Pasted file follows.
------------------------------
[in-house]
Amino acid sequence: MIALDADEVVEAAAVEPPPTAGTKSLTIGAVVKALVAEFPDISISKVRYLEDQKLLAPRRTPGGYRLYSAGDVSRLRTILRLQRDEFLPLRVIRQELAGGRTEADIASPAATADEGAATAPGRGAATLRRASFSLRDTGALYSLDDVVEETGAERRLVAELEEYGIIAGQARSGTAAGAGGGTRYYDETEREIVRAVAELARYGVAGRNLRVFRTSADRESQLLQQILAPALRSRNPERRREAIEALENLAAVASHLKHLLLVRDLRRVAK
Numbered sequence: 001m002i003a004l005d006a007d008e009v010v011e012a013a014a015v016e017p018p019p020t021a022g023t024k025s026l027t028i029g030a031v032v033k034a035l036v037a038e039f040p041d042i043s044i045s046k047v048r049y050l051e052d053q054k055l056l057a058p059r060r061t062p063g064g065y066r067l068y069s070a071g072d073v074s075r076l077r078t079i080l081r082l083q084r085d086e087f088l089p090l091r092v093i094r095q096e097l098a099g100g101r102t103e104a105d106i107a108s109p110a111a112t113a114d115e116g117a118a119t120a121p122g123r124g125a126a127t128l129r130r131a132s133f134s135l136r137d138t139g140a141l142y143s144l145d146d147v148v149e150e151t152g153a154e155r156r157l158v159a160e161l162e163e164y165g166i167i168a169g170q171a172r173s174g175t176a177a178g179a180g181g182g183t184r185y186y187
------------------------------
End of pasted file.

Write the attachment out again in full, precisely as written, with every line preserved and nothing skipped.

[in-house]
Amino acid sequence: MIALDADEVVEAAAVEPPPTAGTKSLTIGAVVKALVAEFPDISISKVRYLEDQKLLAPRRTPGGYRLYSAGDVSRLRTILRLQRDEFLPLRVIRQELAGGRTEADIASPAATADEGAATAPGRGAATLRRASFSLRDTGALYSLDDVVEETGAERRLVAELEEYGIIAGQARSGTAAGAGGGTRYYDETEREIVRAVAELARYGVAGRNLRVFRTSADRESQLLQQILAPALRSRNPERRREAIEALENLAAVASHLKHLLLVRDLRRVAK
Numbered sequence: 001m002i003a004l005d006a007d008e009v010v011e012a013a014a015v016e017p018p019p020t021a022g023t024k025s026l027t028i029g030a031v032v033k034a035l036v037a038e039f040p041d042i043s044i045s046k047v048r049y050l051e052d053q054k055l056l057a058p059r060r061t062p063g064g065y066r067l068y069s070a071g072d073v074s075r076l077r078t079i080l081r082l083q084r085d086e087f088l089p090l091r092v093i094r095q096e097l098a099g100g101r102t103e104a105d106i107a108s109p110a111a112t113a114d115e116g117a118a119t120a121p122g123r124g125a126a127t128l129r130r131a132s133f134s135l136r137d138t139g140a141l142y143s144l145d146d147v148v149e150e151t152g153a154e155r156r157l158v159a160e161l162e163e164y165g166i167i168a169g170q171a172r173s174g175t176a177a178g179a180g181g182g183t184r185y186y187